February Fourier Talks 2015

Richard Baraniuk

Rice University


Compressive Nonsensing


Sensing and imaging systems are under increasing pressure to accommodate ever larger and higher-dimensional data sets; ever faster capture, sampling, and processing rates; ever lower power consumption; communication over ever more difficult channels; and radically new sensing modalities. Since its discovery in 2004, compressive sensing (CS) has stimulated a re-thinking of sensor and signal processing system design. In CS, analog signals are digitized and processed not via uniform sampling but via measurements using more general, even random, test functions. In contrast with conventional wisdom, the new theory asserts that one can combine "sub-Nyquist-rate sampling" with large-scale optimization for efficient and accurate signal acquisition when the signal has a sparse structure. Despite the large and rapidly growing literature on CS, surprisingly little work has gone into quantifying its tradeoffs. In this talk, armed with the adage “if all this sounds too good to be true, it probably is” we will review the progress in the field over the last 11 years, with a special emphasis on the pros and cons of the technique.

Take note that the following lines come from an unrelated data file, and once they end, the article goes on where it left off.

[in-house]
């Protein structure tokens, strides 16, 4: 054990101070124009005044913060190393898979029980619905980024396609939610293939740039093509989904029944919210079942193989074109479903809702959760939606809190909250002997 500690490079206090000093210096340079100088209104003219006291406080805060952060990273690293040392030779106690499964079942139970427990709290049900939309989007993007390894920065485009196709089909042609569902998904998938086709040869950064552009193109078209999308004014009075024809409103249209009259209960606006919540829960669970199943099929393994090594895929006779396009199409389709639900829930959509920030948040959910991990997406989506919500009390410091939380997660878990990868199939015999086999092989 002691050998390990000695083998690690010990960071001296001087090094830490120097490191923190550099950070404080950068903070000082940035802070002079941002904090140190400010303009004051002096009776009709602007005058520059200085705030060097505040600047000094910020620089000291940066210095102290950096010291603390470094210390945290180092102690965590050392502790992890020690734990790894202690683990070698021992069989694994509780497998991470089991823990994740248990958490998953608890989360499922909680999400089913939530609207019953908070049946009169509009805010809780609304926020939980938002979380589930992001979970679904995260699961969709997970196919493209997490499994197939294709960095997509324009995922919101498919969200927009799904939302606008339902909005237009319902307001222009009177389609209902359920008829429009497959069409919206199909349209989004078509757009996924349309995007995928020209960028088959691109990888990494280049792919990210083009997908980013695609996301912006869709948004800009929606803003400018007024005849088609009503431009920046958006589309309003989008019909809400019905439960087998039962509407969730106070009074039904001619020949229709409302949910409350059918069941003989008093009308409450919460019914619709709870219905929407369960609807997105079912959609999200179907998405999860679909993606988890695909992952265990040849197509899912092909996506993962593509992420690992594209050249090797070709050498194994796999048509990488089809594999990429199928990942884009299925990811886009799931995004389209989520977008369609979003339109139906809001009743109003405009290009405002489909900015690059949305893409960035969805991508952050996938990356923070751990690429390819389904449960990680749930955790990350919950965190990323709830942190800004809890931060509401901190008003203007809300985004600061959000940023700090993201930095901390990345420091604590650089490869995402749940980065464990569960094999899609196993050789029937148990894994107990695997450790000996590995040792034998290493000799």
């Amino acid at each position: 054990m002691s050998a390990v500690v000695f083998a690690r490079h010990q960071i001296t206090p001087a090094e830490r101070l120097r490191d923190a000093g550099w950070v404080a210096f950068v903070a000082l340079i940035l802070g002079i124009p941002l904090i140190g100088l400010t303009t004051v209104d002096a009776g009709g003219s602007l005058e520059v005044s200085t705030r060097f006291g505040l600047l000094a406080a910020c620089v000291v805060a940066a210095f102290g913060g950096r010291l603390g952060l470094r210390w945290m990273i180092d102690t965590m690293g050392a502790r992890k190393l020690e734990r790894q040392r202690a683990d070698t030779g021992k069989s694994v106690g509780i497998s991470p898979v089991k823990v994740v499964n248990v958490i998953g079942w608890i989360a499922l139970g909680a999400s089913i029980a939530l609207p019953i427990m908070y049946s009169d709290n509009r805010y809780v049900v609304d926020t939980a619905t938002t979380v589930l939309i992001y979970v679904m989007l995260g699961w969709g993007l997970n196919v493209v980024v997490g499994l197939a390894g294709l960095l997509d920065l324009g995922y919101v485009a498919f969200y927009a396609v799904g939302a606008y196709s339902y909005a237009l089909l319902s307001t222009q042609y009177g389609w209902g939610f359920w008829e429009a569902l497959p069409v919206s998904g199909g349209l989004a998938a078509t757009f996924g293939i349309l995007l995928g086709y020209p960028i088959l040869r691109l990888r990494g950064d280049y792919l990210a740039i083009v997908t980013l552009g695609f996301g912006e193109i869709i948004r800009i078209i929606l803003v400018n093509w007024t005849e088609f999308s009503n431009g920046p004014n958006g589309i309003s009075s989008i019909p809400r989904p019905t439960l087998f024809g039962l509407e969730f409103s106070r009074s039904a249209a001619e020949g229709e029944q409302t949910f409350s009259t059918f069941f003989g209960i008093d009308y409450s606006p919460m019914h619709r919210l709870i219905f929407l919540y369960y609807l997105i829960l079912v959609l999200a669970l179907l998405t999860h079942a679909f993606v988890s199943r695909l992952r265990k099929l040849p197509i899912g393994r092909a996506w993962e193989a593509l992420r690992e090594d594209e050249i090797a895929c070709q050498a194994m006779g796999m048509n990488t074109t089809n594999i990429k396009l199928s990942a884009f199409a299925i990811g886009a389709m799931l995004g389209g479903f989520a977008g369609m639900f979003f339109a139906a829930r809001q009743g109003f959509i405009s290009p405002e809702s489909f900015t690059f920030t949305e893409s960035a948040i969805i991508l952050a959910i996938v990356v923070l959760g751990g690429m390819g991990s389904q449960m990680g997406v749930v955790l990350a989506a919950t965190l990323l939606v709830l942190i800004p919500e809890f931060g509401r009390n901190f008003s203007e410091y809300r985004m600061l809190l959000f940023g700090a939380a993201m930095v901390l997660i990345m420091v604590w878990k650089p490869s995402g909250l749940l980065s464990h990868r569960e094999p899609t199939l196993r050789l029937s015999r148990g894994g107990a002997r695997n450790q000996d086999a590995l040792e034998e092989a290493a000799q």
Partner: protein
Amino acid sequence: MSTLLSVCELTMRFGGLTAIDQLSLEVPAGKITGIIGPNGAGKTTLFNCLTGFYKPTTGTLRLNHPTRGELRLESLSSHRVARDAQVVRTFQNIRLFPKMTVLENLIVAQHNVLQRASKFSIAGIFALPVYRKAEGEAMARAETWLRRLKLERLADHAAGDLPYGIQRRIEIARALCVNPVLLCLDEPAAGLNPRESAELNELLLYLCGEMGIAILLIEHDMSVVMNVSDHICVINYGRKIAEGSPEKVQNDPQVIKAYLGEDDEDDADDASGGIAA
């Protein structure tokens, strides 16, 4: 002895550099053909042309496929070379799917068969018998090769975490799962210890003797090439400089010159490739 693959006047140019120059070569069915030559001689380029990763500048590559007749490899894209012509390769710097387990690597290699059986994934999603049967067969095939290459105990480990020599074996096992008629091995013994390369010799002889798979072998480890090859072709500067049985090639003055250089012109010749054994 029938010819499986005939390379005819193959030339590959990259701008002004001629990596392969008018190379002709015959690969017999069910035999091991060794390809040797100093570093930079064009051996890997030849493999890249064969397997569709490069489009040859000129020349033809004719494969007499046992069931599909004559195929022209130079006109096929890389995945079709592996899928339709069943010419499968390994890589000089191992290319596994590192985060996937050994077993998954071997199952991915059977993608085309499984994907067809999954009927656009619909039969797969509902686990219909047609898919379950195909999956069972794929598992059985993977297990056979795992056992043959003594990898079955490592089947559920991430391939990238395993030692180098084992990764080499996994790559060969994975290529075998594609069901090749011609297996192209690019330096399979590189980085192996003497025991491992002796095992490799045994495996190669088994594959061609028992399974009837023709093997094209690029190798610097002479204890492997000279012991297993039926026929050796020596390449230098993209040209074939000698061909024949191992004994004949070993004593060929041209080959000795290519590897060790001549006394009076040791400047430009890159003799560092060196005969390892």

Richard G. Baraniuk is the Victor E. Cameron Professor of Electrical and Computer Engineering at Rice University. His research interests lie in new theory, algorithms, and hardware for sensing, signal processing, and machine learning. He is a Fellow of the IEEE and AAAS and has received national young investigator awards from the US NSF and ONR, the Rosenbaum Fellowship from the Isaac Newton Institute of Cambridge University, the ECE Young Alumni Achievement Award from the University of Illinois, and the Wavelet Pioneer and Compressive Sampling Pioneer Awards from SPIE. His work on the Rice single-pixel compressive camera has been widely reported in the popular press and was selected by MIT Technology Review as a TR10 Top 10 Emerging Technology. For his teaching and education projects, including Connexions (cnx.org) and OpenStax College (openstaxcollege.org), he has received the IEEE James H. Mulligan, Jr. Medal for Education, the C. Holmes MacDonald National Outstanding Teaching Award from Eta Kappa Nu, Tech Museum of Innovation Laureate Award, the Internet Pioneer Award from the Berkman Center for Internet and Society at Harvard Law School, the World Technology Award for Education, the IEEE-SPS Education Award, and the WISE Education Award.

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